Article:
What would be your ideal environment?
Are you looking to replicate your “western” lifestyle or would you prefer to live like the locals? How do you feel about europeans in the area you’ll be living in?
What is your financial situation? How do you plan to support yourself? What are your goals for your life on the continent? What are your skills and training? Where would they be valued?
Do some research on which areas meet your needs. What is the level of infrastructure development? Will you have access to clean water? How reliable is the electricity? Is there internet? Is what you’ll need to live the life you want available?
Consider the stability of the government.What is the political climate like? What is the religious makeup and how will they feel about your religious background?
With this information you should be able to come up with two or three areas that you’re interested in. Remember that most countries are large with varying city types and climate areas. Accra is very different from Kumasi or Cape Coast. Dar es Salaam and Arusha are worlds apart even though they are both in Tanzania.
We tapped into our network of friends to ask for recommendations of where to go. We asked about who we should talk to to learn more. That coupled with research into different areas led us to choose Ghana and Tanzania as possible locations. We then went about planning an exploratory visit.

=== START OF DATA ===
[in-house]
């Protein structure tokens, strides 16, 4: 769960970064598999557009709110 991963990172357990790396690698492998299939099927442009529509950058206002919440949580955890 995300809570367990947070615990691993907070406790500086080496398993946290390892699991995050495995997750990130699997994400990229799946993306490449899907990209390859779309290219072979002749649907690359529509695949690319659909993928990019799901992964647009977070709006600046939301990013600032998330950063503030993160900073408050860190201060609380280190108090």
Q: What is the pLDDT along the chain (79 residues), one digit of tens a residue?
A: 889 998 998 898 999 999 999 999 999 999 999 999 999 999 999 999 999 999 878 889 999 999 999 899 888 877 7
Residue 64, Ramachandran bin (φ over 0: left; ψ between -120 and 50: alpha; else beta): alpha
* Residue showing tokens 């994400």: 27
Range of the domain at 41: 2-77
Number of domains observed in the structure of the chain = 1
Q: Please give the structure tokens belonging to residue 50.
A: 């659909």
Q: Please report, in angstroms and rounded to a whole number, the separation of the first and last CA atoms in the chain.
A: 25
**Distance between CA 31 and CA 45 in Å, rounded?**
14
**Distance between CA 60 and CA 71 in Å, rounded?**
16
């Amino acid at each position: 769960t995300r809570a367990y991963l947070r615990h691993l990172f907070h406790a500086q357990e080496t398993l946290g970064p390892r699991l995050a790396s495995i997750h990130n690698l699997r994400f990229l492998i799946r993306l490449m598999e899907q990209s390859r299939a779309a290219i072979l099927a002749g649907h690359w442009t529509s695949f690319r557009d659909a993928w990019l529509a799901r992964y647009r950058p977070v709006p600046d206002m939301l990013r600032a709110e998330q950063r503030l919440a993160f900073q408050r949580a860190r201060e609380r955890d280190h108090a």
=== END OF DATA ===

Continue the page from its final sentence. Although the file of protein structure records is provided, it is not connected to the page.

Who do you know? Who can you talk to about their experiences in various areas. What did they like? What did they find problematic?
Plan a visit to your possibilities
Now that you have a short list of possible places to call home it’s time to go check them out. Don’t rely on other people’s opinions alone. You need to see for yourself. This first hand knowledge will go a long way to helping you in the planning for your new life stage of the process. You’ll have a better idea about, for example, how easy or hard it will be to get what you need once you get there. You’ll be able to get some idea of where you can live and how much it may cost.
We planned our three week trip to visit a variety of areas in Ghana and Tanzania.
A very important part of our planning involved making connections with repats in the areas we were visiting. We went back to our network and asked for who they know in these areas. We got connected to great folks who live in almost everywhere we wanted to visit. We were able to talk to most of them before our trip and got great suggestions of where to stay and offers of support once we arrived.